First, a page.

It is with unsurprising speed that all the usual suspects have been popping out of their corners to condemn Oracle, praise Google, and announce the end of the world as we know it. However, let's pause a moment to examine the decision in the ongoing smartphone IP dispute that has been handed down by the United States Court of Appeals for the Federal Circuit. For it seems, as usual, that not many people are actually reading the decision itself. And few even know what the decision is about, from the very start.
Let's begin by pointing out that Google has been defending itself with the argument that any material it has appropriated was not protected under copyright law. Google hasn't denied that it has used Java API material. It has merely disputed that there was anything unlawful about it. The Federal Circuit has now overruled the earlier decision that was in favor of Google. Interestingly, Google may come to be surprisingly pleased about this decision in the long run since Google is going to have to contradict its own positions on API copyrightability if (and probably when) Samsung decides to do to Android what Google did (and continues to be doing) to Java.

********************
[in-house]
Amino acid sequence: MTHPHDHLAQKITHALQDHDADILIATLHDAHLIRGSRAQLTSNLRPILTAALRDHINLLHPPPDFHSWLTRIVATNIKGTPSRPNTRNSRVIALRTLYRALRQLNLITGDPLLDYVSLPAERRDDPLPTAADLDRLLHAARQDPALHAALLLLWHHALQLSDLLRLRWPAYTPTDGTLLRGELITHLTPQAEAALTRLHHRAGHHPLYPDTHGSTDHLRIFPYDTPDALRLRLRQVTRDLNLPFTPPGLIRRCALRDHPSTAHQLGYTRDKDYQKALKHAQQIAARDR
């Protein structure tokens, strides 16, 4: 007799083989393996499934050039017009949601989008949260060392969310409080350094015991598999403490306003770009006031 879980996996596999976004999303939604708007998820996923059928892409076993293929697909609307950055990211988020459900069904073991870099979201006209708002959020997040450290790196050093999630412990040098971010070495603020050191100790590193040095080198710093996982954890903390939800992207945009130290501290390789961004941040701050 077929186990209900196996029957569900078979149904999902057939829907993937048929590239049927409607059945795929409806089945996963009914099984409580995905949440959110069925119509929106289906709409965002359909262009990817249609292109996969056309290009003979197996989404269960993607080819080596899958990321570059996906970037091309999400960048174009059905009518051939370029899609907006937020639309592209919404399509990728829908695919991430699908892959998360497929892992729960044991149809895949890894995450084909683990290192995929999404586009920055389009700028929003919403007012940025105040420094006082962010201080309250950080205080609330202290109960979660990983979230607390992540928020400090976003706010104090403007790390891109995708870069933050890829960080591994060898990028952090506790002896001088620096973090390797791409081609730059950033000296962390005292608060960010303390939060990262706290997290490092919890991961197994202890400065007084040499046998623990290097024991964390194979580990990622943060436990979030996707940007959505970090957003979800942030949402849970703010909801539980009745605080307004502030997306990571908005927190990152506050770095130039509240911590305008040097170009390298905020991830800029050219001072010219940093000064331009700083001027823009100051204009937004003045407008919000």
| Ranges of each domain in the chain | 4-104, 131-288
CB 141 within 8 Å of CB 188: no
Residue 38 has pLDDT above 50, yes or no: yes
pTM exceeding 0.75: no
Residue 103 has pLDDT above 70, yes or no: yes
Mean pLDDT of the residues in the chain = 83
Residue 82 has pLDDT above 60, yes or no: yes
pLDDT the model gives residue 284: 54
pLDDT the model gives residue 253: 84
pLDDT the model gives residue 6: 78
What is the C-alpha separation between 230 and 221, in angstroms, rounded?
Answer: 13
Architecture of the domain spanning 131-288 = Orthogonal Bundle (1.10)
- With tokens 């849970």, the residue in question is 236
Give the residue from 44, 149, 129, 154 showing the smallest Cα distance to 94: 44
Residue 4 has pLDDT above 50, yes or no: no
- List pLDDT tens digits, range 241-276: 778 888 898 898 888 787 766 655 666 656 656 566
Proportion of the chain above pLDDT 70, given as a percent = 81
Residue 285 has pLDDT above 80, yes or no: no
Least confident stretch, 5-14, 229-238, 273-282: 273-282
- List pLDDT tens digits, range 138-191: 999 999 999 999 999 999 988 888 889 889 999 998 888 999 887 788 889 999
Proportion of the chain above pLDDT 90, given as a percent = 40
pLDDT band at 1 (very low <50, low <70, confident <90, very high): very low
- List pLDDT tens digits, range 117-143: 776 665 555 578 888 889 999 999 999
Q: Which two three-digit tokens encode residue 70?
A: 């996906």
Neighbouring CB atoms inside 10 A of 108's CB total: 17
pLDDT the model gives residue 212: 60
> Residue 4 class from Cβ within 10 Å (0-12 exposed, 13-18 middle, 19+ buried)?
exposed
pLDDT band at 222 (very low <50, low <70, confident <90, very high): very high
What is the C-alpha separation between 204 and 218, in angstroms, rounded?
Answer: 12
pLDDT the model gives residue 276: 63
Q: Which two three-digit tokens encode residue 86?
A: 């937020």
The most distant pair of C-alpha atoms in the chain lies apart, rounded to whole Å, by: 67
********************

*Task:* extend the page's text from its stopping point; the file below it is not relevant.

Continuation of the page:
After all, bear in mind that Samsung has been reducing its reliance on Google's Android operating system after Google acquired handset maker Motorola Mobility Holdings. Consider the scenario where Samsung may determine that its own Tizen platform meets its strategic needs better than Android. For example, Samsung may want more freedom to partner with other providers or gradually promote its own offerings. This would lead to a potentially irreconcilable conflict between the Google and Samsung, at which point Google will be very happy with the Federal Circuit's decision in regards to its dispute with Oracle.
by Walter Nyland